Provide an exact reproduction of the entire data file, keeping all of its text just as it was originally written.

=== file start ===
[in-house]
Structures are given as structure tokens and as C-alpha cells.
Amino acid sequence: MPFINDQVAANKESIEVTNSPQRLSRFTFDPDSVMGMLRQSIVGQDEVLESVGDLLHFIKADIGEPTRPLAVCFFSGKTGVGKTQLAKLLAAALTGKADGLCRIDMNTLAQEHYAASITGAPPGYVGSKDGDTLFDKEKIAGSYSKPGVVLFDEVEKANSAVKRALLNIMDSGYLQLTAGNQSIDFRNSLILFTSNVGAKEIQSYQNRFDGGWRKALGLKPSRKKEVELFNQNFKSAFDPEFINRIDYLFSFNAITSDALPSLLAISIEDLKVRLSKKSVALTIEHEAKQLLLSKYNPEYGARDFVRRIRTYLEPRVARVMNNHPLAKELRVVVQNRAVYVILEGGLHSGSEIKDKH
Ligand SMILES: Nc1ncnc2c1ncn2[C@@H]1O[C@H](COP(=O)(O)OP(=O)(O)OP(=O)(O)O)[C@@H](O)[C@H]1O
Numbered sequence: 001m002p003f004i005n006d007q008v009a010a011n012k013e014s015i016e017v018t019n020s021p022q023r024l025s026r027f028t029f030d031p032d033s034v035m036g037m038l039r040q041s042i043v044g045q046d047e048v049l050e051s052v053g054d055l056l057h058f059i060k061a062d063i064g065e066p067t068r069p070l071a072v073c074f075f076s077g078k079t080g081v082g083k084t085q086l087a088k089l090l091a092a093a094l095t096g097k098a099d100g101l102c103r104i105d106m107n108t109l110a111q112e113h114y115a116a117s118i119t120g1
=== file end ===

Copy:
[in-house]
Structures are given as structure tokens and as C-alpha cells.
Amino acid sequence: MPFINDQVAANKESIEVTNSPQRLSRFTFDPDSVMGMLRQSIVGQDEVLESVGDLLHFIKADIGEPTRPLAVCFFSGKTGVGKTQLAKLLAAALTGKADGLCRIDMNTLAQEHYAASITGAPPGYVGSKDGDTLFDKEKIAGSYSKPGVVLFDEVEKANSAVKRALLNIMDSGYLQLTAGNQSIDFRNSLILFTSNVGAKEIQSYQNRFDGGWRKALGLKPSRKKEVELFNQNFKSAFDPEFINRIDYLFSFNAITSDALPSLLAISIEDLKVRLSKKSVALTIEHEAKQLLLSKYNPEYGARDFVRRIRTYLEPRVARVMNNHPLAKELRVVVQNRAVYVILEGGLHSGSEIKDKH
Ligand SMILES: Nc1ncnc2c1ncn2[C@@H]1O[C@H](COP(=O)(O)OP(=O)(O)OP(=O)(O)O)[C@@H](O)[C@H]1O
Numbered sequence: 001m002p003f004i005n006d007q008v009a010a011n012k013e014s015i016e017v018t019n020s021p022q023r024l025s026r027f028t029f030d031p032d033s034v035m036g037m038l039r040q041s042i043v044g045q046d047e048v049l050e051s052v053g054d055l056l057h058f059i060k061a062d063i064g065e066p067t068r069p070l071a072v073c074f075f076s077g078k079t080g081v082g083k084t085q086l087a088k089l090l091a092a093a094l095t096g097k098a099d100g101l102c103r104i105d106m107n108t109l110a111q112e113h114y115a116a117s118i119t120g1